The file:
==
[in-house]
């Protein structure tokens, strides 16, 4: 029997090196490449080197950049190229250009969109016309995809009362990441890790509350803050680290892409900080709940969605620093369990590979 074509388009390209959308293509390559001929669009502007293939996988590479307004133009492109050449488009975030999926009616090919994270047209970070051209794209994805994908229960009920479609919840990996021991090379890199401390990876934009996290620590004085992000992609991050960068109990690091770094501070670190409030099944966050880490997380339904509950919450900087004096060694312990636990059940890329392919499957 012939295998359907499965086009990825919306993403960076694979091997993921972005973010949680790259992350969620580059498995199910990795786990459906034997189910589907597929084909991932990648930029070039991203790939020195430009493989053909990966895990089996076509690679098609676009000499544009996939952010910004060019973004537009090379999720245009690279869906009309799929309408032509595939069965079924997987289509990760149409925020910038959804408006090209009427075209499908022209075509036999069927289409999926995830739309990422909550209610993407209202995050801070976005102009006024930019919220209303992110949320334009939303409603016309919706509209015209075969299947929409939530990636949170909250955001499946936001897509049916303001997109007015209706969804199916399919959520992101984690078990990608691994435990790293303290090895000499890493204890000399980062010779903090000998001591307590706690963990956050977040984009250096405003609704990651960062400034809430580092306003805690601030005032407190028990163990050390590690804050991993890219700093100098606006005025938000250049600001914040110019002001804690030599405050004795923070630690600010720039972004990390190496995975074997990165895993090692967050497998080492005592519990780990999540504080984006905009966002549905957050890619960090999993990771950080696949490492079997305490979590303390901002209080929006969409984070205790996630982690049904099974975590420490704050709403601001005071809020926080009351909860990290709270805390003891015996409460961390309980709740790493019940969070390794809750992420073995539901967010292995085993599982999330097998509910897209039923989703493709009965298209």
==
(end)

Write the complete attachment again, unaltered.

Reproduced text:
[in-house]
């Protein structure tokens, strides 16, 4: 029997090196490449080197950049190229250009969109016309995809009362990441890790509350803050680290892409900080709940969605620093369990590979 074509388009390209959308293509390559001929669009502007293939996988590479307004133009492109050449488009975030999926009616090919994270047209970070051209794209994805994908229960009920479609919840990996021991090379890199401390990876934009996290620590004085992000992609991050960068109990690091770094501070670190409030099944966050880490997380339904509950919450900087004096060694312990636990059940890329392919499957 012939295998359907499965086009990825919306993403960076694979091997993921972005973010949680790259992350969620580059498995199910990795786990459906034997189910589907597929084909991932990648930029070039991203790939020195430009493989053909990966895990089996076509690679098609676009000499544009996939952010910004060019973004537009090379999720245009690279869906009309799929309408032509595939069965079924997987289509990760149409925020910038959804408006090209009427075209499908022209075509036999069927289409999926995830739309990422909550209610993407209202995050801070976005102009006024930019919220209303992110949320334009939303409603016309919706509209015209075969299947929409939530990636949170909250955001499946936001897509049916303001997109007015209706969804199916399919959520992101984690078990990608691994435990790293303290090895000499890493204890000399980062010779903090000998001591307590706690963990956050977040984009250096405003609704990651960062400034809430580092306003805690601030005032407190028990163990050390590690804050991993890219700093100098606006005025938000250049600001914040110019002001804690030599405050004795923070630690600010720039972004990390190496995975074997990165895993090692967050497998080492005592519990780990999540504080984006905009966002549905957050890619960090999993990771950080696949490492079997305490979590303390901002209080929006969409984070205790996630982690049904099974975590420490704050709403601001005071809020926080009351909860990290709270805390003891015996409460961390309980709740790493019940969070390794809750992420073995539901967010292995085993599982999330097998509910897209039923989703493709009965298209």